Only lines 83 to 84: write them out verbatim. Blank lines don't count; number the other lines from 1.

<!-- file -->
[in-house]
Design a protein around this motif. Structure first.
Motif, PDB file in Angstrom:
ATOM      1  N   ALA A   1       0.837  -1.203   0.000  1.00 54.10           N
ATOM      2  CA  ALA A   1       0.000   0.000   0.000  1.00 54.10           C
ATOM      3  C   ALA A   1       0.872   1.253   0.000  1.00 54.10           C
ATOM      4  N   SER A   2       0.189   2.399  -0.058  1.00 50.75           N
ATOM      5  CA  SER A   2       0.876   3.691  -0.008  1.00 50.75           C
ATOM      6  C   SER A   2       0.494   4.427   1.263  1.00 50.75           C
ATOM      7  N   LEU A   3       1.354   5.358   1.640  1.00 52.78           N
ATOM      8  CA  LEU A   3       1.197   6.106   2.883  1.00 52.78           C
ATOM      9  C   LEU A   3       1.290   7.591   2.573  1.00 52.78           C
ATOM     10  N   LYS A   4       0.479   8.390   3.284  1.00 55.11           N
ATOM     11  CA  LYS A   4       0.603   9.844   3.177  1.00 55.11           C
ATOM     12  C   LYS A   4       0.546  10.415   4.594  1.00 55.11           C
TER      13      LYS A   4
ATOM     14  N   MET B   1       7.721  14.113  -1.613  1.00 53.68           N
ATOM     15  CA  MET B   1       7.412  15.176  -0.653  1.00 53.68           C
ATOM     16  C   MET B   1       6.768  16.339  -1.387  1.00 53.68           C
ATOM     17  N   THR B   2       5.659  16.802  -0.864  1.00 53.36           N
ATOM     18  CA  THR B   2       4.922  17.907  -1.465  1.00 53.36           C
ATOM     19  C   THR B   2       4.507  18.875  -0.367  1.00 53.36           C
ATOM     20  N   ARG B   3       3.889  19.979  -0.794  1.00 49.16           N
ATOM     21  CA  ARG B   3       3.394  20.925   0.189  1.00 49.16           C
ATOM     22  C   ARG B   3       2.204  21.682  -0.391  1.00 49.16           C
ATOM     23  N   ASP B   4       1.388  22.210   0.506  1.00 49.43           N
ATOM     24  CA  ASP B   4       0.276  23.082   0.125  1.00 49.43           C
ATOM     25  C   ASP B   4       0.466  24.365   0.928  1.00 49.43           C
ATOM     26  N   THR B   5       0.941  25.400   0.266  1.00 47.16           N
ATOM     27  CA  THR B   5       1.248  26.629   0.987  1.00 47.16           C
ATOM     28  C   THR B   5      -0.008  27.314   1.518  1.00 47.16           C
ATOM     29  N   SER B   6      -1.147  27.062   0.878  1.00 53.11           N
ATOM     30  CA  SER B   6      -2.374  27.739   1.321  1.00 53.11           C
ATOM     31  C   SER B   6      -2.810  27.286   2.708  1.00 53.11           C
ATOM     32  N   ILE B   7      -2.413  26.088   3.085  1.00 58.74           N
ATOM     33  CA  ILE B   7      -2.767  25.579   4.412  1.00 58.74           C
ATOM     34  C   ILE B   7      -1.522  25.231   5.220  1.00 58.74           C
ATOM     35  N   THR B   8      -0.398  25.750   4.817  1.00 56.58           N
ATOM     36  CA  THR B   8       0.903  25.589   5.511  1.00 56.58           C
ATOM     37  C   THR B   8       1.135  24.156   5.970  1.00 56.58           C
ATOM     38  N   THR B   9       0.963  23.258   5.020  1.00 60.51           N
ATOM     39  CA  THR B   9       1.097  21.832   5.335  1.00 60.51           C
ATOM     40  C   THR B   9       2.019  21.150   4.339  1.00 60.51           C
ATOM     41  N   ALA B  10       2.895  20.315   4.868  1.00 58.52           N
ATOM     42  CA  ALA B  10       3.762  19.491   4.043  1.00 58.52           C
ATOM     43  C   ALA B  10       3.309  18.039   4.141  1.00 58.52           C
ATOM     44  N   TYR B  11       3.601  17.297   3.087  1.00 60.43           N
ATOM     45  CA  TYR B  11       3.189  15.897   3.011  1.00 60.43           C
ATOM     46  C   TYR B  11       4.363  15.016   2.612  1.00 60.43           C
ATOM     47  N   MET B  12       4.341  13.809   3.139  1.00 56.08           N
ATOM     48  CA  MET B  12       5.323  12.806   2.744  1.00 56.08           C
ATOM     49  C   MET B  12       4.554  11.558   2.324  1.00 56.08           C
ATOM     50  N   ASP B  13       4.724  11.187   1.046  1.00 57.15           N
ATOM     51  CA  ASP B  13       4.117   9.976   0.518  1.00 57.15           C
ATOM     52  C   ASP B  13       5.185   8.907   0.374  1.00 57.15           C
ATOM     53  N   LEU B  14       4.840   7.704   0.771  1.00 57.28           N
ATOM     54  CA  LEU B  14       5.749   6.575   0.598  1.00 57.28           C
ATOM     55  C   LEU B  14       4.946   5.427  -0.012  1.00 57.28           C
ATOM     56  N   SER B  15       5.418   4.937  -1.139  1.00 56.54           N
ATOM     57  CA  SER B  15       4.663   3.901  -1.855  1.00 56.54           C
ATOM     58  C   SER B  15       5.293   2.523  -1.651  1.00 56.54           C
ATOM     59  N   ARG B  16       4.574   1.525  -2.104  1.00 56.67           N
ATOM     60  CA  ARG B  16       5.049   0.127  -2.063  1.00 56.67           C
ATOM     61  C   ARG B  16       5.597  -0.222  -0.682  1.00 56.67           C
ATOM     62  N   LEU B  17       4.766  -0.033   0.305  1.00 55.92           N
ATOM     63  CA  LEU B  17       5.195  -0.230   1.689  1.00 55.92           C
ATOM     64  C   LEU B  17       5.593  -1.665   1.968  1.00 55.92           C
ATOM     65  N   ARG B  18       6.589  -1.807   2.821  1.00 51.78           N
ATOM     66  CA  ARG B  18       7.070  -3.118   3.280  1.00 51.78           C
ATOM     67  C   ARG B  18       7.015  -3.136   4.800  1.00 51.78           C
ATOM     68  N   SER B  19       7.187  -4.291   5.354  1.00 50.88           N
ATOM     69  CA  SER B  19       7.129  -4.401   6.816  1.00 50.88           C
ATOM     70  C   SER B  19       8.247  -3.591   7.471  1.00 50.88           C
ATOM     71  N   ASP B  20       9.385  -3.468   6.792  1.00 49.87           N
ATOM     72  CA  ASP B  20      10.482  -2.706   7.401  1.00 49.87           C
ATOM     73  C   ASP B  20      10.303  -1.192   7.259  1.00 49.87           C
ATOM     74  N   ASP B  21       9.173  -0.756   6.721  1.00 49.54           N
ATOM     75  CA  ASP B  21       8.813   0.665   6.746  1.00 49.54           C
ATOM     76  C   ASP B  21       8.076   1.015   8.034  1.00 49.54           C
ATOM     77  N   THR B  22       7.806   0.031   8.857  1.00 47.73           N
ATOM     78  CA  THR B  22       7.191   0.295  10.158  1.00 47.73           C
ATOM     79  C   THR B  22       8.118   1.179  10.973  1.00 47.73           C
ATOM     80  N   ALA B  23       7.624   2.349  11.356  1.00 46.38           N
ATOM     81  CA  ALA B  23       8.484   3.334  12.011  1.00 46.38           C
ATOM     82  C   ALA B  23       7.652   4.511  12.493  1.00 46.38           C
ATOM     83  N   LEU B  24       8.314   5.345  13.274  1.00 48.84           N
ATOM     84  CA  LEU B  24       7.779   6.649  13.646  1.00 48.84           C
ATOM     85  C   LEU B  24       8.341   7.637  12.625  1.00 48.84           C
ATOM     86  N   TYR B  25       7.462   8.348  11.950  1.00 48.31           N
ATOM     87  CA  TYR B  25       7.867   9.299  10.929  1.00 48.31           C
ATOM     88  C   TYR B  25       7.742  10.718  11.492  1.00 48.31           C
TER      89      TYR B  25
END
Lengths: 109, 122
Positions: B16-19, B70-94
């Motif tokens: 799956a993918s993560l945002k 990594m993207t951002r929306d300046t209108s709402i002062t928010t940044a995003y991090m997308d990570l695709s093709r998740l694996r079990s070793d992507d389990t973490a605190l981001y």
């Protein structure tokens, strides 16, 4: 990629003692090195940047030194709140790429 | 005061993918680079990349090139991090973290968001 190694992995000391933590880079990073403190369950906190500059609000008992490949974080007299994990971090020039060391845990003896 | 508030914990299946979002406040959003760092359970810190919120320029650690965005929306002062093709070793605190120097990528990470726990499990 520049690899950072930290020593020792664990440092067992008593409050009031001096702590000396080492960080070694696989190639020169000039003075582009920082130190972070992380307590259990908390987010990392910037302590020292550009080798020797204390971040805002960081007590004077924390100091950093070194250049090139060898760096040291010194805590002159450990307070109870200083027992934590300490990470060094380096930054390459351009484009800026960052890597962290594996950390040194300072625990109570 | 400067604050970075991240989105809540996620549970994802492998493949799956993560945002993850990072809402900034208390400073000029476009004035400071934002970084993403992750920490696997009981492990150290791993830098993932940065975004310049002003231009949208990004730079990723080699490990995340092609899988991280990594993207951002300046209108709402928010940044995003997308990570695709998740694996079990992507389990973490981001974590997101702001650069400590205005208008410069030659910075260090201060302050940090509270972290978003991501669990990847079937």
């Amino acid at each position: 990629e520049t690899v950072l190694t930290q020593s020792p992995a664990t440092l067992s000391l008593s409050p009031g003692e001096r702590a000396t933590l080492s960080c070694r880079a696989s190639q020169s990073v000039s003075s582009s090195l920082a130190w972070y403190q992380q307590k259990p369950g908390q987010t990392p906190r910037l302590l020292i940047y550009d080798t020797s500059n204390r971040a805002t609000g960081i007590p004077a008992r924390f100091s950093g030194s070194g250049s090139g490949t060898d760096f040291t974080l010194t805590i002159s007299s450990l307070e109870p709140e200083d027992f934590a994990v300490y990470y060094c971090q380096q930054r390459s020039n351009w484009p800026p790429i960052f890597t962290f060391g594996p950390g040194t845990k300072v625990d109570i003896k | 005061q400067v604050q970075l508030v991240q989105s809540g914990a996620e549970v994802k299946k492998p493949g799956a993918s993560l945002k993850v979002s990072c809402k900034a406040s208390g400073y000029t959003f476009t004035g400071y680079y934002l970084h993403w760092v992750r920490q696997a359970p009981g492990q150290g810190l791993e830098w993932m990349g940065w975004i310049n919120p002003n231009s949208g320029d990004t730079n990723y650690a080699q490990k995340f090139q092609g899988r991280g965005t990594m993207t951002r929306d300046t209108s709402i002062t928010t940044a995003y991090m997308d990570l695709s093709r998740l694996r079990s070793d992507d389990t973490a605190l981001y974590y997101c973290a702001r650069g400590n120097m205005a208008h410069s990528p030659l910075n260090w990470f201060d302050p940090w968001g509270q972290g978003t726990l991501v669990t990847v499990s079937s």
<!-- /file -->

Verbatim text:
ATOM     80  N   ALA B  23       7.624   2.349  11.356  1.00 46.38           N
ATOM     81  CA  ALA B  23       8.484   3.334  12.011  1.00 46.38           C